UNBEATEN Wortley boxer Damo Jones says his apprenticeship is over with the middleweight immediately intent on becoming the third professional national champion in Leeds. Following the successes of Josh Warrington and Bob Ajisafe, Jones has vowed to win either the English or British national title within the next year.
Jones, 21, landed the 12th victory of his professional career when defeating Kieron Gray at Leeds Town Hall earlier this month. That triumph followed April’s conquering of Tyan Booth at Elland Road which handed Jones his first title as a professional – the British Masters Gold light-middleweight title. But now both the English and British belts are on Jones’ agenda for a thriving boxer who has recently stepped up from light-middleweight to middleweight.
After landing the 12th success of his career, Jones will take on unbeaten 33-year-old London boxer Elliott Matthews later this year for an English middleweight title eliminator. The winner will then be in line to take on English champion Dan Butler. But inspired by the success of Ajisafe and Warrington, Jones sees the British title held by Billy Joe Saunders and even the world title as realistic targets with the southpaw boxer, who has recently become a father, ready to show he has turned from a boy into a man.
“The apprenticeship is kind of over now and it’s time for the big fights,” Jones told the YEP this week. “The British Boxing Board have put me forward for an English title eliminator against another undefeated person from down in London. That’s a step in the right direction.
“We are waiting for the exact date but it’s got to take place before the end of September. And I’m going to win it, I’m going to make sure I win it as I’ll train hard and then I’ll fight Dan Butler for the English title.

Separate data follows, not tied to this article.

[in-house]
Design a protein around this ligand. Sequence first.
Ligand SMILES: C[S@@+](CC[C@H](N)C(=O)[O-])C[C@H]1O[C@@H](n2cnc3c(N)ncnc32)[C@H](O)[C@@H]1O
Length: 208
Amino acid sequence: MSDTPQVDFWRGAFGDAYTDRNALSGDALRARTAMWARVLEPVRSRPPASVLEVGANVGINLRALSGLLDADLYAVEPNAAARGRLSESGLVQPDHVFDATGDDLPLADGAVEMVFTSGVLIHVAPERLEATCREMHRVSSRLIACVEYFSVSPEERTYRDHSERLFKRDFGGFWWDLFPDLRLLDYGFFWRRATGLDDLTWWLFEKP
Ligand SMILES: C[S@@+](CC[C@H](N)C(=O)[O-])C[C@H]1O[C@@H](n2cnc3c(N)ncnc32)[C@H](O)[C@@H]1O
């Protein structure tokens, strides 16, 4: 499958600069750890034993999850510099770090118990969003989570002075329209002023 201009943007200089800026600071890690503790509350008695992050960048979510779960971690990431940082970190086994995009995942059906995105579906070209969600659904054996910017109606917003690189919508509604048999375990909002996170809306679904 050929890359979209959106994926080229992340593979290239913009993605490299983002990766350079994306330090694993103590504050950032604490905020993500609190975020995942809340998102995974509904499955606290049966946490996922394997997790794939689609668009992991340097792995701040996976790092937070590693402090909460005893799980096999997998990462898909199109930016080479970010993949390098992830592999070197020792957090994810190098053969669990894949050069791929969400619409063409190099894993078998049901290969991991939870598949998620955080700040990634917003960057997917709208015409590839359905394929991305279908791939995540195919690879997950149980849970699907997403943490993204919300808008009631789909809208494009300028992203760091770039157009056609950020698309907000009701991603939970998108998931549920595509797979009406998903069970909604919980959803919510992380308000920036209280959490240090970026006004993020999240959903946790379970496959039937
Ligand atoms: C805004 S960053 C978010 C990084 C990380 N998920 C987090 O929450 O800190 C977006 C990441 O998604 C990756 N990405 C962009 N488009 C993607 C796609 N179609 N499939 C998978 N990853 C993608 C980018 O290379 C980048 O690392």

“I was there at Josh’s fight at Leeds Arena this month and the atmosphere was unbelievable. There’s a good buzz around Leeds at the moment. We have got two British champions in Leeds in Bob Ajisafe and Josh and it’s time for me step up and bring titles back to Leeds. I’d say I can definitely do that within a year. It’s my time now to shine and long term I’m talking world titles. That’s my inspiration. The English and the British titles are all stepping stones and I want to be a world champion. That’s the aim. I’m only 21 and I’ve got plenty of time but it’s time to step up.”
Jones continues to put in the hours in his quest for British and even world glory with the middleweight regularly up at 5am to train with coach Danny Thornton at West Leeds ABC where Jones also works. And the boxer also says the recent birth of three-month-old baby daughter Carys has given him a new lease of life.
“I turned pro when I was 18 so I was still a boy really but now I’ve turned into a man. It’s time for the big step ups now,” said Jones. “Having my little girl has also given me an extra drive as well. It gets me up out of bed on a morning and makes me train harder as I’ve got to think about my girl now.”
Jones has been able to spend extra time with his beloved daughter over this last week with coach Thornton giving him two weeks to take things somewhat easier following his Leeds Town Hall victory. The hard graft towards his English eliminator title fight will then begin in earnest on Monday. But first Jones will get more food for thought when watching the biggest fight on British soil in modern history between Carl Froch and George Groves. Representing the precociousness of youth, Jones is gunning for Groves but neither of tonight’s showstoppers are the ultimate inspiration.
Jones, of Welsh heritage, declared: “I want George Groves to win but I can see Froch just beating him. He’s got a granite chin and I’m really looking forward to it. It should be tasty. I just like the way Groves boxes but I wouldn’t say I model myself on him. Joe Calzaghe is my man.”